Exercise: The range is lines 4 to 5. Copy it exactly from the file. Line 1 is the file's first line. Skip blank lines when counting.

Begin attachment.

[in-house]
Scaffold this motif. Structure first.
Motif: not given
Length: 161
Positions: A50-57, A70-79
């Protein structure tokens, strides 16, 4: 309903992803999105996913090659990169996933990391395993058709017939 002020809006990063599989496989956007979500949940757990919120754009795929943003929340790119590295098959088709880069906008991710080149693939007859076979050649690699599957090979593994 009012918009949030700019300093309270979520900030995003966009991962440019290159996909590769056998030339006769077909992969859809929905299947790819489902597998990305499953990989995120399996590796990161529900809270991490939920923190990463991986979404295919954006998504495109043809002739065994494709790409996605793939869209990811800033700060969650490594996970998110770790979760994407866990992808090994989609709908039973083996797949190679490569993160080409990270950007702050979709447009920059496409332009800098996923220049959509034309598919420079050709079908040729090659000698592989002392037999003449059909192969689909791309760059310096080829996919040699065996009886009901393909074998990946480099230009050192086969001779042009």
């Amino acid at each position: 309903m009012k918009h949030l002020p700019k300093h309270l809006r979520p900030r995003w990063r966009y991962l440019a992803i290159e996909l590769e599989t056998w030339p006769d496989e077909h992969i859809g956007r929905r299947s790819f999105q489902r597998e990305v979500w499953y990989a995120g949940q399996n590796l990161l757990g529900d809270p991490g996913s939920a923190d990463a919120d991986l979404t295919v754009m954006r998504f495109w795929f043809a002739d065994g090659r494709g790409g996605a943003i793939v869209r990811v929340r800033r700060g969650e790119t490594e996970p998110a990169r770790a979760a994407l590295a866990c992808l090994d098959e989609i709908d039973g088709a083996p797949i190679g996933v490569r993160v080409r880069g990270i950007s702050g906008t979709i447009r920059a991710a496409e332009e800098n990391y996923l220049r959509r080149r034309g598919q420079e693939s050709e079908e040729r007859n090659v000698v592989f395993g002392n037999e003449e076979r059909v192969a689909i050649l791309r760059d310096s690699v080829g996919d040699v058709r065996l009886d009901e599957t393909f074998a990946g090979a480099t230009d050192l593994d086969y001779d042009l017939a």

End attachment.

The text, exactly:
Length: 161
Positions: A50-57, A70-79